Thanks to television and movies; many people believe that if you want access to someone's hidden or unconscious thoughts, hypnosis will provide it. Put people into a hypnotic trance and presto; you can unlock their deepest secrets. While this view of hypnosis might make for good televised or cinematic drama, it doesn't have much factual support. For one thing, not everyone can be hypnotized. People who are not suggestible and who aren't highly imaginative are all but impossible to hypnotize. Then, too, hypnosis, instead of unlocking the truth, is likely to distort it. That's because people under hypnosis, who are highly suggestible, to begin with, become even more suggestible. Tell them that they have been kidnapped as children and they will end up thinking that they have experienced a kidnapping. In other words, there's a good reason why the courts look with suspicion on testimony given while a person is hypnotized. Such testimony is likely to be based on memories created by the hypnotist rather than the subject.

    • A.

      People who are suspicious by nature are not good candidates for hypnosis.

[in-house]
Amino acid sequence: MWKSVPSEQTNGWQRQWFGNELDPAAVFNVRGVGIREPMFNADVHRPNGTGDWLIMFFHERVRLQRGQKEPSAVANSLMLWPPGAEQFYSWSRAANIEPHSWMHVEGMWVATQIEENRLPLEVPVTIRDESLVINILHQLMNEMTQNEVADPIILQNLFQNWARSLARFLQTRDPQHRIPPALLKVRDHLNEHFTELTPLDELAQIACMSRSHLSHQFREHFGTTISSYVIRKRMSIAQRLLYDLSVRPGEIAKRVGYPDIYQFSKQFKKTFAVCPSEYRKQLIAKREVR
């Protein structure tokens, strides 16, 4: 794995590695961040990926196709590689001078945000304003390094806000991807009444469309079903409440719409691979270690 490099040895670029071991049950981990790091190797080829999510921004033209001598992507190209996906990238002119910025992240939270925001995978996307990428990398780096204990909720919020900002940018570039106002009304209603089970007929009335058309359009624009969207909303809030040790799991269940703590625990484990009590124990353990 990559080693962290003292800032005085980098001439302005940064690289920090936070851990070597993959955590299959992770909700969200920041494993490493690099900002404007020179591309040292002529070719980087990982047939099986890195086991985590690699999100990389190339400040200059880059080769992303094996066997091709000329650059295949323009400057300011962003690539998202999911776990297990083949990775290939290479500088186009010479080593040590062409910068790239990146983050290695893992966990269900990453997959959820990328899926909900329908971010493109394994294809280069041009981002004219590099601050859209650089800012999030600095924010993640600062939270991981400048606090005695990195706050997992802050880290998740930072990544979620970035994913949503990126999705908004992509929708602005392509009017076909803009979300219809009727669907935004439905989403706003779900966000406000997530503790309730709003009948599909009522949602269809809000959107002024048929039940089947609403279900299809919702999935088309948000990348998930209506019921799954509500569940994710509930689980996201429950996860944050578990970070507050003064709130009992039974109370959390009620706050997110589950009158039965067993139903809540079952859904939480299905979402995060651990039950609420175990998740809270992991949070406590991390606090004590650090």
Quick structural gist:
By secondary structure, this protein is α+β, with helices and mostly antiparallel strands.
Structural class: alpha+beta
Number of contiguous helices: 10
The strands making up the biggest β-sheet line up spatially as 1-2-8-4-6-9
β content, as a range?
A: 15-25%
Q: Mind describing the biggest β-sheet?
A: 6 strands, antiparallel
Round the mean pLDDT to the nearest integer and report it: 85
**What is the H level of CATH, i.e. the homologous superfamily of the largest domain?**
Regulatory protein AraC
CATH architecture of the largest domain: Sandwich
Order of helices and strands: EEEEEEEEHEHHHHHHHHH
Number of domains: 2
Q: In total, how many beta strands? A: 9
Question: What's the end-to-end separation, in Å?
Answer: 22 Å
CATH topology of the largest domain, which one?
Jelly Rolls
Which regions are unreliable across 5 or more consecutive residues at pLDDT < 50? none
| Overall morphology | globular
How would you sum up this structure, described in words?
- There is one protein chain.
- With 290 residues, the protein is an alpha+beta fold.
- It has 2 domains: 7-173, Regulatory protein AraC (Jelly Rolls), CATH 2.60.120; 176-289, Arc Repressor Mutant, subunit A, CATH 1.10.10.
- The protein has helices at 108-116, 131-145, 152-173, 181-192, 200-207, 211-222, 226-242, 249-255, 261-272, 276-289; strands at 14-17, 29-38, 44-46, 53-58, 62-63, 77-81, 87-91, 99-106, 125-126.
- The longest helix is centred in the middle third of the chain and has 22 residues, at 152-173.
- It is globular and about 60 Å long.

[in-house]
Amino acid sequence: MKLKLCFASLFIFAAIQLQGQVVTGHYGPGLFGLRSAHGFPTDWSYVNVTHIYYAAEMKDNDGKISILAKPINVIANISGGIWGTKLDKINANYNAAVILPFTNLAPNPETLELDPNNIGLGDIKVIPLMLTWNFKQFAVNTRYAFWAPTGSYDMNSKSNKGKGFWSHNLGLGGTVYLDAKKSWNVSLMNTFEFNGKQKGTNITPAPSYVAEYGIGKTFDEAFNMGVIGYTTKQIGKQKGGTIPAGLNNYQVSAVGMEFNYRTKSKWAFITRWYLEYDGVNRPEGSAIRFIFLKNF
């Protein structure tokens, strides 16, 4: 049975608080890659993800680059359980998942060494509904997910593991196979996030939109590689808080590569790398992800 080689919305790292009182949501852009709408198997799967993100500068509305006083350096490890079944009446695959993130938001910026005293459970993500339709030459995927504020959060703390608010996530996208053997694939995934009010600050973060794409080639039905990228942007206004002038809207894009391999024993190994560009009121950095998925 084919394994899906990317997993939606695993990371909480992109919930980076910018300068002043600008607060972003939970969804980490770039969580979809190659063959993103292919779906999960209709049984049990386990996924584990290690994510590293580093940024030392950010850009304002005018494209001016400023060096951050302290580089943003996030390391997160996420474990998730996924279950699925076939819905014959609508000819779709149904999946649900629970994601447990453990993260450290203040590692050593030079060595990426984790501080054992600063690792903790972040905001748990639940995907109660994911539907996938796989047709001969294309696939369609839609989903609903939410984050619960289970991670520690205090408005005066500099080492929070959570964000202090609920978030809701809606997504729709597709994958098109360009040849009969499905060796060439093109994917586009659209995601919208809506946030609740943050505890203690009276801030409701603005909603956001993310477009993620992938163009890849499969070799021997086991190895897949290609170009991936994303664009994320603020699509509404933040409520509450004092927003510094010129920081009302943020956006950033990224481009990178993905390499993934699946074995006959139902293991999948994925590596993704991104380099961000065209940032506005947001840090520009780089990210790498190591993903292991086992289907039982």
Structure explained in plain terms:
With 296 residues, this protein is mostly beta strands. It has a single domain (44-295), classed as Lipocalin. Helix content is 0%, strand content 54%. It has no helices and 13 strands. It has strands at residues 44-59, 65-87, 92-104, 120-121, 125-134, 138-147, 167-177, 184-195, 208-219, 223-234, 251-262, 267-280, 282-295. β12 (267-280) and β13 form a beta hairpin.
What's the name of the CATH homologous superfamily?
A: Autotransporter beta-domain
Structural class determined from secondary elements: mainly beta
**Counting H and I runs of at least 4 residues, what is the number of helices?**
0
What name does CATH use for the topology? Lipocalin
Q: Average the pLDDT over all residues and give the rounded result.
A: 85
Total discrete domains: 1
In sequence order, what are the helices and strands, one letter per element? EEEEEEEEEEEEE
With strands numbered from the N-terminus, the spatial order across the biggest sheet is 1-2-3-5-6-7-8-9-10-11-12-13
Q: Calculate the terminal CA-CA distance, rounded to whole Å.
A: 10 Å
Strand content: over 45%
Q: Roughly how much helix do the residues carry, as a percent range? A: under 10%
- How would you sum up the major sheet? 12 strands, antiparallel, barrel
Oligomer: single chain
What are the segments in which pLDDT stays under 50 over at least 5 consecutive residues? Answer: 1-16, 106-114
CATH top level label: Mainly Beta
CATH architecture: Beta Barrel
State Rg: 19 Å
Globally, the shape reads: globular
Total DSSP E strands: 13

• B.

      People who watch a lot of television are among the easiest to hypnotize because they are used to living in a fantasy world and are ready to believe almost anything, even if the events described are highly unusual, even unbelievable.

    • C.

      In movies, crime solvers successfully use hypnosis to make people talk about experiences they want to forget or hide; people who watch these movies then think the same thing can happen in reality.

    • D.

      In movies, crime solvers successfully use hypnosis to make people talk about experiences they want to forget or hide; people who watch these movies then think the same thing can happen in reality.

    Correct Answer
    C. In movies, crime solvers successfully use hypnosis to make people talk about experiences they want to forget or hide; people who watch these movies then think the same thing can happen in reality.
    Explanation
    The passage states that thanks to television and movies, many people believe that hypnosis can unlock someone's hidden or unconscious thoughts. It further explains that this belief is not supported by facts, as not everyone can be hypnotized and hypnosis can distort the truth. The answer choice states that people who watch a lot of television are among the easiest to hypnotize because they are used to living in a fantasy world and are ready to believe almost anything. This aligns with the passage's explanation that people's belief in hypnosis is influenced by what they see in movies and television, making this answer the correct choice.

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  • 9. 

    Sally sat down at the dinner table. Her plate was piled high with her mother's home cooking. Sally took very small bites and pushed the food around her plate. Her parents asked how her day was and made small talk. Sally wished her dog, Bubba, wasn't outside. What can you infer?

    • A.